Babbitt has chiefly been understood as a satire of the prosperous, conservative business class of which Babbitt is a prominent member and a perfect example. At a point in the political and social climate where, Lewis felt, private enterprise and the economic interests of the business and ruling classes were valued above cultural endeavors or basic ethics, the novel struck an important critical tone.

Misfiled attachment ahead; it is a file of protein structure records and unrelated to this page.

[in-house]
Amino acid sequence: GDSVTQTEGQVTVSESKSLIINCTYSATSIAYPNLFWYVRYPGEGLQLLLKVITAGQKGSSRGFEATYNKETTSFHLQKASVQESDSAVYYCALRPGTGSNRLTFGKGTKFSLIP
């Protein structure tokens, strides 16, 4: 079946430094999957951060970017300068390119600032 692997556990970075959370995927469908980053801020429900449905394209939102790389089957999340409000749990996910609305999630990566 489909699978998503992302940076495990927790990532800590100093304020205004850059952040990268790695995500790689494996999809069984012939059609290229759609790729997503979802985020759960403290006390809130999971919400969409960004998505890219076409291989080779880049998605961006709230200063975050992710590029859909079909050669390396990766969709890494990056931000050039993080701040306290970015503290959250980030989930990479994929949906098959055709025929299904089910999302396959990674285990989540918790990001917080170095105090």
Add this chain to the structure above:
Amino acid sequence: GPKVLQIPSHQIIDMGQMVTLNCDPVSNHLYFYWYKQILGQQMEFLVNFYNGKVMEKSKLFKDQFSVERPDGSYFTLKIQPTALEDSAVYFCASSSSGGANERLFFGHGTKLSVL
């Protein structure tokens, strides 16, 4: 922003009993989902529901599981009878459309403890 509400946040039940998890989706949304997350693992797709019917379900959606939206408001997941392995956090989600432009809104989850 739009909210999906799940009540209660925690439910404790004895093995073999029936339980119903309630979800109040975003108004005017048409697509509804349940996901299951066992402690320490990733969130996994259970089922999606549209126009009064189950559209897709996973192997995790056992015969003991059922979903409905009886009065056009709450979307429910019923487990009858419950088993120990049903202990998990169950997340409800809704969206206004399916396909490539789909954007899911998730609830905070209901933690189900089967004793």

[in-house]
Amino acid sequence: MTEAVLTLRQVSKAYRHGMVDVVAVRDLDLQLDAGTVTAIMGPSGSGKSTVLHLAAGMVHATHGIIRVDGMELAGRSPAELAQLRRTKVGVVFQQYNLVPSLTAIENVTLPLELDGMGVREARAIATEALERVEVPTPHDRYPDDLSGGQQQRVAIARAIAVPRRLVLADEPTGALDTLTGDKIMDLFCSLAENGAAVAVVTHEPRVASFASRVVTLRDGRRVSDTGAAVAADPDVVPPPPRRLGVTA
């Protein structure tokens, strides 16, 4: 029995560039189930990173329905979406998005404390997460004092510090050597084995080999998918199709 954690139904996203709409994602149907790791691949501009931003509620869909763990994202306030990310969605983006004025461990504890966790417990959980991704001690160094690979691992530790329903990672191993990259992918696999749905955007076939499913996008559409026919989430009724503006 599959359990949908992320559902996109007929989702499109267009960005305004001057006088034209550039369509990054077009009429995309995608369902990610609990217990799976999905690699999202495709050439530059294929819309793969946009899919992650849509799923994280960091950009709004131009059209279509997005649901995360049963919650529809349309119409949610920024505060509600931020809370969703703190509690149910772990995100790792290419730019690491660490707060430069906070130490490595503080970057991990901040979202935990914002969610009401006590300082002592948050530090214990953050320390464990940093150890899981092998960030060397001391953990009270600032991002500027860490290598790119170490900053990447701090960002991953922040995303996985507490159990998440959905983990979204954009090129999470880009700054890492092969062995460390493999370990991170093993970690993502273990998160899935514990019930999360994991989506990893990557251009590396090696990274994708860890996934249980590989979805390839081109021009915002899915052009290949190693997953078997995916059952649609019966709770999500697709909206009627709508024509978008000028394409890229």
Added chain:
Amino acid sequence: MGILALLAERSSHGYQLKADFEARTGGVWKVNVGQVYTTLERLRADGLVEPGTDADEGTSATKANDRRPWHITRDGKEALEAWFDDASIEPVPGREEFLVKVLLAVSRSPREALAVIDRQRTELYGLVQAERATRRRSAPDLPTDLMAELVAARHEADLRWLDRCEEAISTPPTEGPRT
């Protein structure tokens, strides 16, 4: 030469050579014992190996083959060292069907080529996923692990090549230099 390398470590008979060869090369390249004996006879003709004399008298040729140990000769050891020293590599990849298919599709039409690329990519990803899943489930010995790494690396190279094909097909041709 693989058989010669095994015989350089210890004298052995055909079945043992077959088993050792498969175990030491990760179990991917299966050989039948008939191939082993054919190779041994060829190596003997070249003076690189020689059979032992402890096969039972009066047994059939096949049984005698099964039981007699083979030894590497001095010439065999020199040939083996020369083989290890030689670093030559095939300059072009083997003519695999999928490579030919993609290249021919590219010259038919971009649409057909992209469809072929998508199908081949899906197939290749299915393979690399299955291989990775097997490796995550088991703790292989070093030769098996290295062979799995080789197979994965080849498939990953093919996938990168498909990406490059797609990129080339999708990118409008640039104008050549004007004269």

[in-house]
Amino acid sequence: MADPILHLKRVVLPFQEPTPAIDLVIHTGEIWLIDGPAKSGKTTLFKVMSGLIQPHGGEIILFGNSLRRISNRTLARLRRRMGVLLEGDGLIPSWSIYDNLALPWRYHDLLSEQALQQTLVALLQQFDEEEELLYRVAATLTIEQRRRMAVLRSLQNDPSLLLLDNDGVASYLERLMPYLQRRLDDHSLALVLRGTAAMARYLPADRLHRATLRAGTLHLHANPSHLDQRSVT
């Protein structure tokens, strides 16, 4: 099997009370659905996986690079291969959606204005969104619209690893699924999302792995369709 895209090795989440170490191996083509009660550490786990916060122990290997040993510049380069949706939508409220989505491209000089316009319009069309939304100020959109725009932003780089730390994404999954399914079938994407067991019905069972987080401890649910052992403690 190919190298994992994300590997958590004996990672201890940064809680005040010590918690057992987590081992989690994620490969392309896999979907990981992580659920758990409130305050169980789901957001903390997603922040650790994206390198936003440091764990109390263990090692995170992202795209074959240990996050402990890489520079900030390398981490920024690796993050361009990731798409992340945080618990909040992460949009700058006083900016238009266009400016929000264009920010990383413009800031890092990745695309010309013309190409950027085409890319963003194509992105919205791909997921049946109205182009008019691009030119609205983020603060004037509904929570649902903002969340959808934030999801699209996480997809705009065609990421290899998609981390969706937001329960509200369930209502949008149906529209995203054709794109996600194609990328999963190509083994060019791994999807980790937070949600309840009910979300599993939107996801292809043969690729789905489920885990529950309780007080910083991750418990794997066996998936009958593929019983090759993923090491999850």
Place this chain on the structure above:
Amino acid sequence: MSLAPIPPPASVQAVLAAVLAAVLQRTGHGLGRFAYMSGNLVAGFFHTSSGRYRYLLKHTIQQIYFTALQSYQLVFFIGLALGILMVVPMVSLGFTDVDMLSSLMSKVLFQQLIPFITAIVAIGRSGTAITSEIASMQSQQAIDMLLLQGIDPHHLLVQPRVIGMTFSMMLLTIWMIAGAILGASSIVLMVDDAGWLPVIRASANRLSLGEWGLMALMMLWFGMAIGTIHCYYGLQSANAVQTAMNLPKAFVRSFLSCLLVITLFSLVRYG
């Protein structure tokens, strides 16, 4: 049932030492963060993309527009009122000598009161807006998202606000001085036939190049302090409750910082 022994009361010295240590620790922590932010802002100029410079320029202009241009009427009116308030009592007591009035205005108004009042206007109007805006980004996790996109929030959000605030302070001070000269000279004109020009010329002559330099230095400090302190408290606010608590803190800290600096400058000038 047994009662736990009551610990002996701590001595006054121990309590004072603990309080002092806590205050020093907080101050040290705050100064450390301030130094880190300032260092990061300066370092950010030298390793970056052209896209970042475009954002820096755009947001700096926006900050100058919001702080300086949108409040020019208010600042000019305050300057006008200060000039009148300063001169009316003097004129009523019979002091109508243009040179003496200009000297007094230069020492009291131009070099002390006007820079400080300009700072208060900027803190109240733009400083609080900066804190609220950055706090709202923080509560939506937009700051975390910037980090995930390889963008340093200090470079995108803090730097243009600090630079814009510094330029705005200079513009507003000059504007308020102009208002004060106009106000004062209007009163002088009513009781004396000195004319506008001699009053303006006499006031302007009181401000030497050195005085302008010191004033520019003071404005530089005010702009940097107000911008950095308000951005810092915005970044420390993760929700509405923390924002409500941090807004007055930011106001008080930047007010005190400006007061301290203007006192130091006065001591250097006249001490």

The novel has a host of targets for its business satire, and most of them are institutions of which Babbitt is a member or a...
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